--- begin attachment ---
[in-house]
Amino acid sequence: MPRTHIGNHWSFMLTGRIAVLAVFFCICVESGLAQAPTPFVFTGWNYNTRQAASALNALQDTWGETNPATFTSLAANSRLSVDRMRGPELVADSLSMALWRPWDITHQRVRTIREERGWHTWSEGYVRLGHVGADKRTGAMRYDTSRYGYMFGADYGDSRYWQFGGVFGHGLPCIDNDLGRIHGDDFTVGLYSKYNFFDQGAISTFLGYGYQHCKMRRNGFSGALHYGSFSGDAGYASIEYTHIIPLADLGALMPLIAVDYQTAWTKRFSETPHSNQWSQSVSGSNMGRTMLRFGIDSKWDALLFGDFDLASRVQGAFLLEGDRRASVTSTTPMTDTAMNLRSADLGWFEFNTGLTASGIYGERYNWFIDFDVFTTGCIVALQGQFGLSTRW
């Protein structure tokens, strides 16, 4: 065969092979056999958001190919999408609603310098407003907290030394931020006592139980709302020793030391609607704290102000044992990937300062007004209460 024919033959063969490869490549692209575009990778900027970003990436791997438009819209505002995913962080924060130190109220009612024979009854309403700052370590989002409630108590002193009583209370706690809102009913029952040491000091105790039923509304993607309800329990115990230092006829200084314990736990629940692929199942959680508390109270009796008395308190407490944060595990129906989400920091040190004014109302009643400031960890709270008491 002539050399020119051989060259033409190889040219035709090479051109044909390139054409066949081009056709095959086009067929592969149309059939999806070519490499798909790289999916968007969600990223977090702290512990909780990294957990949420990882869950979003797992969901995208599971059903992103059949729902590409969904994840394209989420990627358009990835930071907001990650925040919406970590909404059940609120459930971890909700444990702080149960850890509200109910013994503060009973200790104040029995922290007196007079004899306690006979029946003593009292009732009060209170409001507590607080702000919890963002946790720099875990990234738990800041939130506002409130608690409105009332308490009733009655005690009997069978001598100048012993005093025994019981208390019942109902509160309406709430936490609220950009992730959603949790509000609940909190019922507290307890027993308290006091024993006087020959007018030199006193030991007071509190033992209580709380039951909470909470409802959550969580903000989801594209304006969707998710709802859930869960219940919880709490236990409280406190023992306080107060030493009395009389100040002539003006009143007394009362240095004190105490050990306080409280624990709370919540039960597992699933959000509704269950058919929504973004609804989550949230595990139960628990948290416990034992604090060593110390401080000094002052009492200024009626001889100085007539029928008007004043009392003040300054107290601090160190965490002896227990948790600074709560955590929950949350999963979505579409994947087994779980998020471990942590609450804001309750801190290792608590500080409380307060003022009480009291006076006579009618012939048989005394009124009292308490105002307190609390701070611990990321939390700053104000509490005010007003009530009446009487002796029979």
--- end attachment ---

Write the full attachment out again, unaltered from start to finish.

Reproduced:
[in-house]
Amino acid sequence: MPRTHIGNHWSFMLTGRIAVLAVFFCICVESGLAQAPTPFVFTGWNYNTRQAASALNALQDTWGETNPATFTSLAANSRLSVDRMRGPELVADSLSMALWRPWDITHQRVRTIREERGWHTWSEGYVRLGHVGADKRTGAMRYDTSRYGYMFGADYGDSRYWQFGGVFGHGLPCIDNDLGRIHGDDFTVGLYSKYNFFDQGAISTFLGYGYQHCKMRRNGFSGALHYGSFSGDAGYASIEYTHIIPLADLGALMPLIAVDYQTAWTKRFSETPHSNQWSQSVSGSNMGRTMLRFGIDSKWDALLFGDFDLASRVQGAFLLEGDRRASVTSTTPMTDTAMNLRSADLGWFEFNTGLTASGIYGERYNWFIDFDVFTTGCIVALQGQFGLSTRW
């Protein structure tokens, strides 16, 4: 065969092979056999958001190919999408609603310098407003907290030394931020006592139980709302020793030391609607704290102000044992990937300062007004209460 024919033959063969490869490549692209575009990778900027970003990436791997438009819209505002995913962080924060130190109220009612024979009854309403700052370590989002409630108590002193009583209370706690809102009913029952040491000091105790039923509304993607309800329990115990230092006829200084314990736990629940692929199942959680508390109270009796008395308190407490944060595990129906989400920091040190004014109302009643400031960890709270008491 002539050399020119051989060259033409190889040219035709090479051109044909390139054409066949081009056709095959086009067929592969149309059939999806070519490499798909790289999916968007969600990223977090702290512990909780990294957990949420990882869950979003797992969901995208599971059903992103059949729902590409969904994840394209989420990627358009990835930071907001990650925040919406970590909404059940609120459930971890909700444990702080149960850890509200109910013994503060009973200790104040029995922290007196007079004899306690006979029946003593009292009732009060209170409001507590607080702000919890963002946790720099875990990234738990800041939130506002409130608690409105009332308490009733009655005690009997069978001598100048012993005093025994019981208390019942109902509160309406709430936490609220950009992730959603949790509000609940909190019922507290307890027993308290006091024993006087020959007018030199006193030991007071509190033992209580709380039951909470909470409802959550969580903000989801594209304006969707998710709802859930869960219940919880709490236990409280406190023992306080107060030493009395009389100040002539003006009143007394009362240095004190105490050990306080409280624990709370919540039960597992699933959000509704269950058919929504973004609804989550949230595990139960628990948290416990034992604090060593110390401080000094002052009492200024009626001889100085007539029928008007004043009392003040300054107290601090160190965490002896227990948790600074709560955590929950949350999963979505579409994947087994779980998020471990942590609450804001309750801190290792608590500080409380307060003022009480009291006076006579009618012939048989005394009124009292308490105002307190609390701070611990990321939390700053104000509490005010007003009530009446009487002796029979």